22. Minnesota Wild: It’s finally Kirill Kaprizov time! But now the Wild need some top-six centers. At the least, the defense will be solid thanks to Matt Dumba, Jared Spurgeon and Ryan Suter.

23. Florida Panthers: There’s a lot to like about the Cats, starting with Aleksander Barkov and Jonathan Huberdeau. But can Sergei Bobrovsky rebound in net? That’s a long contract.

24. Arizona Coyotes: At the least, the Yotes will have very good goaltending and some interesting offensive weapons. But new GM Bill Armstrong has his work cut out for him.

25. Ottawa Senators: Much like the Rangers (but without a Panarin), the Sens will be very fun to watch thanks to a bunch of talented kids. Matt Murray attempts to re-start his career, as well.

26. Los Angeles Kings: Winning the Battle of California ain’t what it used to be, but the Kings have some great kids coming up and Anze Kopitar provides stability up front.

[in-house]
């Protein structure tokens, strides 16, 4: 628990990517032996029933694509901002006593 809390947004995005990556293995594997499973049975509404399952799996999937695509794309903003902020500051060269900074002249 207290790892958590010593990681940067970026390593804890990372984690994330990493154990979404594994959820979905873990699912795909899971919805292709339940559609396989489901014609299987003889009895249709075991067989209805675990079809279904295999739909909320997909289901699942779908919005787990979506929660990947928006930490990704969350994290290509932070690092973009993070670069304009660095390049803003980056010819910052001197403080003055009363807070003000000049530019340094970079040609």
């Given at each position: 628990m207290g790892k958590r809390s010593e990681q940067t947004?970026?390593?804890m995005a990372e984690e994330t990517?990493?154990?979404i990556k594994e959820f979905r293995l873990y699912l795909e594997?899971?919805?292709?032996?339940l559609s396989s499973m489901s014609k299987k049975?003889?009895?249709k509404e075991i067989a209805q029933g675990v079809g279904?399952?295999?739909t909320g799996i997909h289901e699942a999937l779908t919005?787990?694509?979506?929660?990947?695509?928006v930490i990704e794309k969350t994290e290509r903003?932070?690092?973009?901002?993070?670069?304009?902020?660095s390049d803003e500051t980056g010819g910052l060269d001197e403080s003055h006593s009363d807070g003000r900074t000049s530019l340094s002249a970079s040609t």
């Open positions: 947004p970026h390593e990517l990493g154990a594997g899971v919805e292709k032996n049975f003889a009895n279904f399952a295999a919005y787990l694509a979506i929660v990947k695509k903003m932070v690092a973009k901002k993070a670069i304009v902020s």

27. New Jersey Devils: They won’t be great, but at least they’ll be better. A bounceback from P.K. Subban is crucial and perhaps newcomer Ryan Murray will help in that effort.

28. Detroit Red Wings: Like the Devils, the Wings will be less tragic than before, but they almost have to be. Dylan Larkin leads the charge, while Thomas Greiss will help in net.

29. San Jose Sharks: The defense is getting old, the goaltending is rough and the next wave hasn’t made a dent yet. Heck, the Sharks aren’t even playing in their own state right now.

30. Anaheim Ducks: While the future looks promising (Hello, Trevor Zegras), it’s not here yet – which means another long season for goalie John Gibson and veteran Ryan Getzlaf.

31. Chicago Blackhawks: No Jonathan Toews, no Kirby Dach and no real starters in net. This could be a very long season for Chicago fans; kind of a turn-back-the-clock thing.